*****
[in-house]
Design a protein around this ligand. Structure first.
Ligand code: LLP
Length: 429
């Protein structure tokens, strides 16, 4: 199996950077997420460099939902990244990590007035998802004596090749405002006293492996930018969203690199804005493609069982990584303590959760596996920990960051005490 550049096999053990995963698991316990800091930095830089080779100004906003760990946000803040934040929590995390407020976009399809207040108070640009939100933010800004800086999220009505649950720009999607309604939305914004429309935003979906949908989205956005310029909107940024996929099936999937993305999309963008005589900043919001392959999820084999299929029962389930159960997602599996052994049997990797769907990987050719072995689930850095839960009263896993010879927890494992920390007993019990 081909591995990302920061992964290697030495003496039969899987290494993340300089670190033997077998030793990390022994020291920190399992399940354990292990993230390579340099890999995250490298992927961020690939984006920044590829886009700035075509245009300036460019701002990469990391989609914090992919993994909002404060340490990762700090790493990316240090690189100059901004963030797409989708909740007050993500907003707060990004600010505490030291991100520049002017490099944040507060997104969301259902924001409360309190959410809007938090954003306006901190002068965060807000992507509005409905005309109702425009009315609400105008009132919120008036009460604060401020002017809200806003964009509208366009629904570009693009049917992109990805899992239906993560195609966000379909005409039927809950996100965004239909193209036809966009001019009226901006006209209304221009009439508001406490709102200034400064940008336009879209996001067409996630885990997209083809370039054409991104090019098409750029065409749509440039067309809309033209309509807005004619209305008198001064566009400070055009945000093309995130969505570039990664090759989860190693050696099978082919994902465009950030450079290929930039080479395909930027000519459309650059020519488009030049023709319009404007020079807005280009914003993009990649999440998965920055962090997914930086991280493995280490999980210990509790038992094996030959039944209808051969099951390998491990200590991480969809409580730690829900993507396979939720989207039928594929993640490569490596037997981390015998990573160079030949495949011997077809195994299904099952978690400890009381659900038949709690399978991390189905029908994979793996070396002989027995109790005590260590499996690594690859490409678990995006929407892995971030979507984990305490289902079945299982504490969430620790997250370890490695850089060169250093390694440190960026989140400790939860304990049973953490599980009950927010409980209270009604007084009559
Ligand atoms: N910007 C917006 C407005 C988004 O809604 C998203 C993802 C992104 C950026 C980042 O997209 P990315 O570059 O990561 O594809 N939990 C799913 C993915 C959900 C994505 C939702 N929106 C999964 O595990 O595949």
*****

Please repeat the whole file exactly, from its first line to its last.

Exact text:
[in-house]
Design a protein around this ligand. Structure first.
Ligand code: LLP
Length: 429
């Protein structure tokens, strides 16, 4: 199996950077997420460099939902990244990590007035998802004596090749405002006293492996930018969203690199804005493609069982990584303590959760596996920990960051005490 550049096999053990995963698991316990800091930095830089080779100004906003760990946000803040934040929590995390407020976009399809207040108070640009939100933010800004800086999220009505649950720009999607309604939305914004429309935003979906949908989205956005310029909107940024996929099936999937993305999309963008005589900043919001392959999820084999299929029962389930159960997602599996052994049997990797769907990987050719072995689930850095839960009263896993010879927890494992920390007993019990 081909591995990302920061992964290697030495003496039969899987290494993340300089670190033997077998030793990390022994020291920190399992399940354990292990993230390579340099890999995250490298992927961020690939984006920044590829886009700035075509245009300036460019701002990469990391989609914090992919993994909002404060340490990762700090790493990316240090690189100059901004963030797409989708909740007050993500907003707060990004600010505490030291991100520049002017490099944040507060997104969301259902924001409360309190959410809007938090954003306006901190002068965060807000992507509005409905005309109702425009009315609400105008009132919120008036009460604060401020002017809200806003964009509208366009629904570009693009049917992109990805899992239906993560195609966000379909005409039927809950996100965004239909193209036809966009001019009226901006006209209304221009009439508001406490709102200034400064940008336009879209996001067409996630885990997209083809370039054409991104090019098409750029065409749509440039067309809309033209309509807005004619209305008198001064566009400070055009945000093309995130969505570039990664090759989860190693050696099978082919994902465009950030450079290929930039080479395909930027000519459309650059020519488009030049023709319009404007020079807005280009914003993009990649999440998965920055962090997914930086991280493995280490999980210990509790038992094996030959039944209808051969099951390998491990200590991480969809409580730690829900993507396979939720989207039928594929993640490569490596037997981390015998990573160079030949495949011997077809195994299904099952978690400890009381659900038949709690399978991390189905029908994979793996070396002989027995109790005590260590499996690594690859490409678990995006929407892995971030979507984990305490289902079945299982504490969430620790997250370890490695850089060169250093390694440190960026989140400790939860304990049973953490599980009950927010409980209270009604007084009559
Ligand atoms: N910007 C917006 C407005 C988004 O809604 C998203 C993802 C992104 C950026 C980042 O997209 P990315 O570059 O990561 O594809 N939990 C799913 C993915 C959900 C994505 C939702 N929106 C999964 O595990 O595949």